COLUMBUS — USC’s last two playoff games have followed a similar pattern.
Last week in the Trojans’ Pac-12 tournament opener, USC fell behind Arizona State 8-0 and was never able to dig out of that hole.
Last year in the NCAA tournament, Miami jumped out to an 11-point lead as USC didn’t score its 20th point until there was 1:03 left in the first half. Despite Drew Peterson’s last-minute heroics, the Trojans could not weather the Hurricanes.
So as 10th-seeded USC prepares for this year’s NCAA tournament opener against seventh-seeded Michigan State on Friday at Nationwide Arena, the Trojans want to avoid a similar slow start that dooms their March dreams.
“As I told our players, this is what you play for. This is what you dream about as a young player growing up,” USC head coach Andy Enfield said. “You’re on the biggest stage and competing for a national championship. So they better be ready. I’m sure they will.”
This season has been one of exceeding expectations for these Trojans (22-10). Opening the season with a Quadrant IV loss to Florida Gulf Coast seemed to portend a rebuilding year, with Drew Peterson and Boogie Ellis the only returning starters and many freshmen and sophomores around them.
But USC won 11 of its next 12 games and built a résumé of wins over tournament teams Vermont, Auburn, UCLA and Arizona State. The Trojans played their typical brand of defense, Ellis blossomed as a playmaker and young wings Kobe Johnson, Reese Dixon-Waters and Tre White grew into their roles.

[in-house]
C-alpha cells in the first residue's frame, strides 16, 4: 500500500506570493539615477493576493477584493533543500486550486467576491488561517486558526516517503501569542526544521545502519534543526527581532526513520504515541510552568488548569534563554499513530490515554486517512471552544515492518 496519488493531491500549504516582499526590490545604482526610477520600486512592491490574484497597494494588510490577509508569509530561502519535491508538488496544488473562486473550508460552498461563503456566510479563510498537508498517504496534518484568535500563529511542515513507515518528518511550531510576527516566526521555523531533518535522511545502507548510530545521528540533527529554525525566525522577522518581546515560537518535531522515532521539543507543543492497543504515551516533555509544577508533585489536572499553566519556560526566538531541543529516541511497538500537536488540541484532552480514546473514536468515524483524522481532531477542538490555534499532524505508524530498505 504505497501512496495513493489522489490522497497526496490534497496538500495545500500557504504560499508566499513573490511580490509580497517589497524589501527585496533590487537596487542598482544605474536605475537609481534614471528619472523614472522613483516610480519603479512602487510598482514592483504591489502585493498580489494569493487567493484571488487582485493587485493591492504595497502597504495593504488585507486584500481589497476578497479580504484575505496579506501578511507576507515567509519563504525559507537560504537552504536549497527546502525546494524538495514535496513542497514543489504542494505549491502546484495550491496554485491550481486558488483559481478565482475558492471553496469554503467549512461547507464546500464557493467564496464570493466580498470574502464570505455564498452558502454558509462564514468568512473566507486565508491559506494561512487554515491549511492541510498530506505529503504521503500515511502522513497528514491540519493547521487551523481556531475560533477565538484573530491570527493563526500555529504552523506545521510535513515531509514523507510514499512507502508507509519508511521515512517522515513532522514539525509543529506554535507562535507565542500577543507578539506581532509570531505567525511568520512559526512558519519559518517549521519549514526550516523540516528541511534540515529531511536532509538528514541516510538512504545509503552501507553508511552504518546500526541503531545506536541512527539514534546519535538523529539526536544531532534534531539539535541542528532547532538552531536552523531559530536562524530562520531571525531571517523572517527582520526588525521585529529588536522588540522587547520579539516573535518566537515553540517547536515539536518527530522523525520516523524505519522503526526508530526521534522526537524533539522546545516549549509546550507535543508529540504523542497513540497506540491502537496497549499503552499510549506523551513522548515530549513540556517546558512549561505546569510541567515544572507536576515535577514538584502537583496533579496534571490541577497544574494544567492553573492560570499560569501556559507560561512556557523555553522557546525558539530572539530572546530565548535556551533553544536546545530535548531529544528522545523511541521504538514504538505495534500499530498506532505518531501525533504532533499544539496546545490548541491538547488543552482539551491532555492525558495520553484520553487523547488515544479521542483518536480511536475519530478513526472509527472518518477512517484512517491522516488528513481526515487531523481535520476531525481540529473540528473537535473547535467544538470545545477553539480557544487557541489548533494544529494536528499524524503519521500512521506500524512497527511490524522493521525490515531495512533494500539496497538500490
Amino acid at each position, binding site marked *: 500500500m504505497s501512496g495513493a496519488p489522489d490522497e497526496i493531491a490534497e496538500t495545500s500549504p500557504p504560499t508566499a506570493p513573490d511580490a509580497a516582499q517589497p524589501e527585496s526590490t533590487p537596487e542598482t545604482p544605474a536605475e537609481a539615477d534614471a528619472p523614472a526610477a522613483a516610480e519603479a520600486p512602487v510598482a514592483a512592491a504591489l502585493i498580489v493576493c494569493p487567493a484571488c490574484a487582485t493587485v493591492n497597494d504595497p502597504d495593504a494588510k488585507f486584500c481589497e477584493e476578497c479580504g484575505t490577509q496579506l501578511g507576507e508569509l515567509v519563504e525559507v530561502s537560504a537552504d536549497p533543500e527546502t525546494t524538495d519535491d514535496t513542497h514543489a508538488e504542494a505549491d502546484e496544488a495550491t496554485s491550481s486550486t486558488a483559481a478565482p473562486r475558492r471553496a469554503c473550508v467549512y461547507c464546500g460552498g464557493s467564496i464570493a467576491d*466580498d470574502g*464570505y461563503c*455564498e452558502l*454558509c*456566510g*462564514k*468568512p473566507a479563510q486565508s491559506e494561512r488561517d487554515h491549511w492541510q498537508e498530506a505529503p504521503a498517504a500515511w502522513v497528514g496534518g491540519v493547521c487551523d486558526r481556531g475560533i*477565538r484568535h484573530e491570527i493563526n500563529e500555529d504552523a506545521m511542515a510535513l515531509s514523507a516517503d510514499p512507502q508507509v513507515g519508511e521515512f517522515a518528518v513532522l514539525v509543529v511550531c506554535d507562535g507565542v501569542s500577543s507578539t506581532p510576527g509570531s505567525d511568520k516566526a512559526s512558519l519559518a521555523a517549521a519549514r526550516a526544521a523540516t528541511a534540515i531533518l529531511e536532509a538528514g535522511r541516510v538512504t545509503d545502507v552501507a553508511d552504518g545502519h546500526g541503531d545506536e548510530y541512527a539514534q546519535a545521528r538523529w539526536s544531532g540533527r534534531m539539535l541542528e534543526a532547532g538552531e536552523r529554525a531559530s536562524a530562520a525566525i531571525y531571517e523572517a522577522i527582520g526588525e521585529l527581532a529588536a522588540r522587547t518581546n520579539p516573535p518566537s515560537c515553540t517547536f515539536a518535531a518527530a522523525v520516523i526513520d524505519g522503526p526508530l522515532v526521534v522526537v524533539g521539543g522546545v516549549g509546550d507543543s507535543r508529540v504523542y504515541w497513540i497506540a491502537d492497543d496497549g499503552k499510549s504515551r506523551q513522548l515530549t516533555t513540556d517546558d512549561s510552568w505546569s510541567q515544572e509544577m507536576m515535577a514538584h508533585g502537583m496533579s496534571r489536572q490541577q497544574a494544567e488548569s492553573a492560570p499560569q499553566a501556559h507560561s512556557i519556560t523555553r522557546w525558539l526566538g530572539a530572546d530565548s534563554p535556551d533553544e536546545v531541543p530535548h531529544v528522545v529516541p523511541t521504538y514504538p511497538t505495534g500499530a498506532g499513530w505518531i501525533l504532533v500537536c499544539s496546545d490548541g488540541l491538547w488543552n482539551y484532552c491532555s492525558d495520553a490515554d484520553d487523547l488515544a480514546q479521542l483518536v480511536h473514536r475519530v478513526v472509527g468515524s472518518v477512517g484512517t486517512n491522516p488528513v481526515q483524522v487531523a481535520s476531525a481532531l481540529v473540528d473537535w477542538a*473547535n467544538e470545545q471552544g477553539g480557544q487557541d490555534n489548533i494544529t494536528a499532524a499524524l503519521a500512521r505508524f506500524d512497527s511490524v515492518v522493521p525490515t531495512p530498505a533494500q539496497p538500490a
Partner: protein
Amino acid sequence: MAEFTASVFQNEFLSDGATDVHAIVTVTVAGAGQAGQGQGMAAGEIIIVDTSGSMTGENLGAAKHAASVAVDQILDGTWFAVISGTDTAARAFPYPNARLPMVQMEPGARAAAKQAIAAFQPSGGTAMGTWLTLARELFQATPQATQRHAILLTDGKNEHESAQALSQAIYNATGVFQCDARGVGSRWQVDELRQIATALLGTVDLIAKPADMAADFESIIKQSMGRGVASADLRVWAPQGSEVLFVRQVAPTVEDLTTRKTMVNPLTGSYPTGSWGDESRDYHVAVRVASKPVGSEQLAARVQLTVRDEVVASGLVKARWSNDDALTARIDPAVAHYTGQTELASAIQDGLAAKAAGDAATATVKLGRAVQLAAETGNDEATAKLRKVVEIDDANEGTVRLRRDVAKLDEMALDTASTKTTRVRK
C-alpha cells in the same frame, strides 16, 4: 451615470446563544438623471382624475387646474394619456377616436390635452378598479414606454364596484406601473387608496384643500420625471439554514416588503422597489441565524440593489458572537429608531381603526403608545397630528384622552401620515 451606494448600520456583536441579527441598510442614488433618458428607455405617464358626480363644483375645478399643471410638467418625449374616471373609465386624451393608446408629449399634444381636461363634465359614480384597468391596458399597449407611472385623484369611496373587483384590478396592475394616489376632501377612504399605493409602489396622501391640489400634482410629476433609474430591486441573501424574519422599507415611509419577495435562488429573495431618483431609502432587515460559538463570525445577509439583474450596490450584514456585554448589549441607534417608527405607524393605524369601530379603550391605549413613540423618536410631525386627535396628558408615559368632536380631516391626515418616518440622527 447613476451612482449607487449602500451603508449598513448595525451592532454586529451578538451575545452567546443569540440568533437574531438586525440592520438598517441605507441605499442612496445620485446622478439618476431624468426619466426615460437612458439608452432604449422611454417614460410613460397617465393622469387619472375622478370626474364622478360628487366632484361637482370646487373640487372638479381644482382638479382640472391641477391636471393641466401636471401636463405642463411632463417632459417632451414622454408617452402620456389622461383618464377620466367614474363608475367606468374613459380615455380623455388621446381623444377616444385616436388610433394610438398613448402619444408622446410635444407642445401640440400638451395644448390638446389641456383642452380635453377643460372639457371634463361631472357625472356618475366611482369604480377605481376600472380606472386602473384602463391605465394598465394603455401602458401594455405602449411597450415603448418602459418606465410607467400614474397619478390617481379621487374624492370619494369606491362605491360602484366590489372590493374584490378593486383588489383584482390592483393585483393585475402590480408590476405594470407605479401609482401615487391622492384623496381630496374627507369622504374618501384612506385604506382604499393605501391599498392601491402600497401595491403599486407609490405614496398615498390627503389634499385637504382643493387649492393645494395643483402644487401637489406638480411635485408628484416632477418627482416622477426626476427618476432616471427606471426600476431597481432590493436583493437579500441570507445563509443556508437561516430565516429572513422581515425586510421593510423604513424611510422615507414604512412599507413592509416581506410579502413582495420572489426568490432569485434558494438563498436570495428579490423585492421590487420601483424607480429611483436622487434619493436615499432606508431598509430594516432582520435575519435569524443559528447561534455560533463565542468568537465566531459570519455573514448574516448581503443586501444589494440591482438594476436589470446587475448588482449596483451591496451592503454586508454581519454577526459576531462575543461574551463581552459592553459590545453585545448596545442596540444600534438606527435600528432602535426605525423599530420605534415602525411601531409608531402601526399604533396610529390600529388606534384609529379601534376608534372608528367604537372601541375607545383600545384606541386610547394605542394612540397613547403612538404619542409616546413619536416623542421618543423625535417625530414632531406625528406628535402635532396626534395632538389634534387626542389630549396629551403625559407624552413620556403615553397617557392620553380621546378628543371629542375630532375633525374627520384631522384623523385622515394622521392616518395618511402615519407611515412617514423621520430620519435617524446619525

It was enough for the Trojans to earn an at-large bid to the NCAA tournament, their third consecutive appearance. Standing in the way – the Spartans (19-12).
This isn’t your typical Tom Izzo-coached team. Only a plus-three average rebounding margin, allowing opponents to shoot 45.0% from the floor. Only one real big man, Joey Hauser, who is a threat to score in the paint.
Instead, Michigan State has relied on guard play and 3-point shooting this season, reminding Ellis of Arizona State.
“Tyson Walker is an elite scorer. He can shoot it with range. Very quick,” Enfield said. “He’s one of their leaders. But they have a lot of other good players that complement what he does.”
The Spartans’ reliance on guards will play into undersized USC’s favor. The Trojans have typically played with one big on the court this season, with defensive stalwart Joshua Morgan starting and being relieved by Kijani Wright or Vincent Iwuchukwu.
Iwuchukwu has missed USC’s past two games with a back injury. Enfield described the freshman 7-footer’s condition as day to day Thursday. But during the Trojans’ public shootaround at Nationwide Arena, Iwuchukwu did not participate and instead watched from the sidelines in plaid USC pajama pants.
USC won’t have much to time to change out of its PJs on Friday. The Trojans’ tournament opener tips off just after noon in Ohio, or 9:15 a.m. in Los Angeles.
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It’s a change of pace for USC after so many 8 p.m. starts this year, and another factor the Trojans will need to combat as they try to avoid another slow March start. But USC flew to Columbus on Tuesday to adjust to the new time zone and ensure it is ready for Friday.
“We knew it’s all about preparation going into a game like this. We’re prepared, getting good sleep, all that stuff,” Peterson said. “I think we’re the first game on Friday, so excited to be able to get that showcase slot.”
No. 10 USC vs. No. 7 Michigan State
What: NCAA tournament, first round
When: Friday, 9:15 a.m. PT
Where: Nationwide Arena, Columbus Arena
TV: CBS (Ch. 2)